Linked In
News In
Linked In

You are viewing 1 of your 2 complimentary articles.

Register now to receive full access.

Already registered?

Login | Join us now

Rain fears send coffee prices to multi-year highs

Twitter Linkedin

Coffee prices jumped above $2 a pound in New York for the first time in 13 year, and hit a two-year top in London, as rainfall in Colombia and Vietnam raised concerns over a further squeeze on supplies.

Arabica coffee beans for December delivery hit 203.50 cents a pound in New York, the highest for a benchmark contract since 1997, as rains continued to beset Colombia, the second-biggest producer.

While it is a sensitive period for Brazil, the main producer too, with its coffee trees in flower, "the short-term focus is on the smaller-than-expected production out of Colombia", Terry Roggensack at Hightower Report said.

"Concern that heavy rains in production areas of Vietnam and Colombia could have a negative impact on upcoming crops remains the main supportive factor for the market."

Colombia's farm minister, Juan Camilo Restrepo, said last week that the country's 2011 production could fall below this year's 9.5m-bag crop, itself a modest harvest, saying that "the surplus of rain affected flowering".

New York prices are also being underpinned by a shortage of stocks delivered to the exchange, with inventories at 1.84m bags, near a 10-year low.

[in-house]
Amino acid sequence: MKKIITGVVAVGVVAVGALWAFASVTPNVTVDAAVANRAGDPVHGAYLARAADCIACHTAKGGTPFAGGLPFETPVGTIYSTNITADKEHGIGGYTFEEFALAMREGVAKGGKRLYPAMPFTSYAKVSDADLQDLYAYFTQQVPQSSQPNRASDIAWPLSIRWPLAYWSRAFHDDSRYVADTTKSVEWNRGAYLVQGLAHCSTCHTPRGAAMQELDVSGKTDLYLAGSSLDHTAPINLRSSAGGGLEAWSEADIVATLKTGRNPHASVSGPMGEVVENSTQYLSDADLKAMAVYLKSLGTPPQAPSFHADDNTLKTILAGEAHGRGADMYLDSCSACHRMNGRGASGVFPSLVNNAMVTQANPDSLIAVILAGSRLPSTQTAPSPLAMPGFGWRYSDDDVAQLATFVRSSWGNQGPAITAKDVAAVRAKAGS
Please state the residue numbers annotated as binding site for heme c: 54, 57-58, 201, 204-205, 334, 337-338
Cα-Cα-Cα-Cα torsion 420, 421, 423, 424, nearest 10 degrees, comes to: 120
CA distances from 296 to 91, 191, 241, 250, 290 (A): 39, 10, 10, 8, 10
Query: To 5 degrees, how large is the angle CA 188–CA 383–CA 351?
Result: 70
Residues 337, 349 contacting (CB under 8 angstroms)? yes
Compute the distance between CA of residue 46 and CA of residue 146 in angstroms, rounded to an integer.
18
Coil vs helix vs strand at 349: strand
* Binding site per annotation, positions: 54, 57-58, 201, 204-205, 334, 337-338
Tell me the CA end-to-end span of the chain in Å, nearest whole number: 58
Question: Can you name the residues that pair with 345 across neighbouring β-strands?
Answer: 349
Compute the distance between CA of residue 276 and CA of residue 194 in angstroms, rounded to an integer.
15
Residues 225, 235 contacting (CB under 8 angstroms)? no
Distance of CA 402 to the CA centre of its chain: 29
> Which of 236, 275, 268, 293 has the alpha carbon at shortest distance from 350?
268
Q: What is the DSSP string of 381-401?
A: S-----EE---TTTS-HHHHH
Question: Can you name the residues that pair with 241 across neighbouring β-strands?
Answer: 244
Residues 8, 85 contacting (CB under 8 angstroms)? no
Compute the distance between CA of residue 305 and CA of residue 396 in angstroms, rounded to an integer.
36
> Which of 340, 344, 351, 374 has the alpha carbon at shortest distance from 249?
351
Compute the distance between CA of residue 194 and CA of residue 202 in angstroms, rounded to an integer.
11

Typhoon trouble

Meanwhile, fears over damage from Typhoon Megi, which is heading to China after causing at least 27 deaths in the Philippines, have added to concerns over crops in Vietnam, the biggest grower of the robusta coffee beans traded in London.

Supplies from Vietnam are already suffering a seasonal squeeze, ahead of the start of the main harvest period, with some reports that shippers are reluctant to export while awaiting details of a stockpiling scheme, which could further inflate prices.

Export firms in Vietnam are still waiting for government approval to start a coffee stockpiling plan which would pull coffee off of the market for six months.

Robusta coffee beans for November hit $1,899 a tonne, their highest since October 2008, before easing to close at $1,872 a tonne, up 2.8% on the day.

Arabica beans had edged back to finish at 201.00 cents a pound, up 2.2% on Wednesday's close.


Twitter Linkedin
Related Stories

Morning markets: Grains stage a recovery. Will it last?

Corn, soybean and wheat futures start Wednesday making headway which has been difficult to come by of late. Cotton gains too

Evening markets: ags overlook crumbs of comfort in Wasde to set fresh historic low

The Bcom ag commodity subindex ends at a fresh record low, as US export fears overtake upbeat interpretations of corn, cotton estimate revisions

Abares lifts hopes for sugar futures, but cuts its cotton price forecast

A downgrade to Australia curtails an upgrade in world sugar output expectations. But for cotton, Abares ditches ideas of a global production deficit

Evening markets: Ags poop party lifting other commodities, shares

Wheat futures set another contract low, while arabica coffee hits its weakest close but one in 19 months, despite buying in other asset classes
Home | About | RSS | Commodities | Companies | Markets | Legal disclaimer | Privacy policy | Contact

Our Brands: Comtell | Feedinfo | FGInsight

© 2017 and Agrimoney are trademarks of Agrimoney Ltd
Agrimoney is part of the Briefing Media group
Agrimoney Ltd is registered in England & Wales. Registered number: 09239069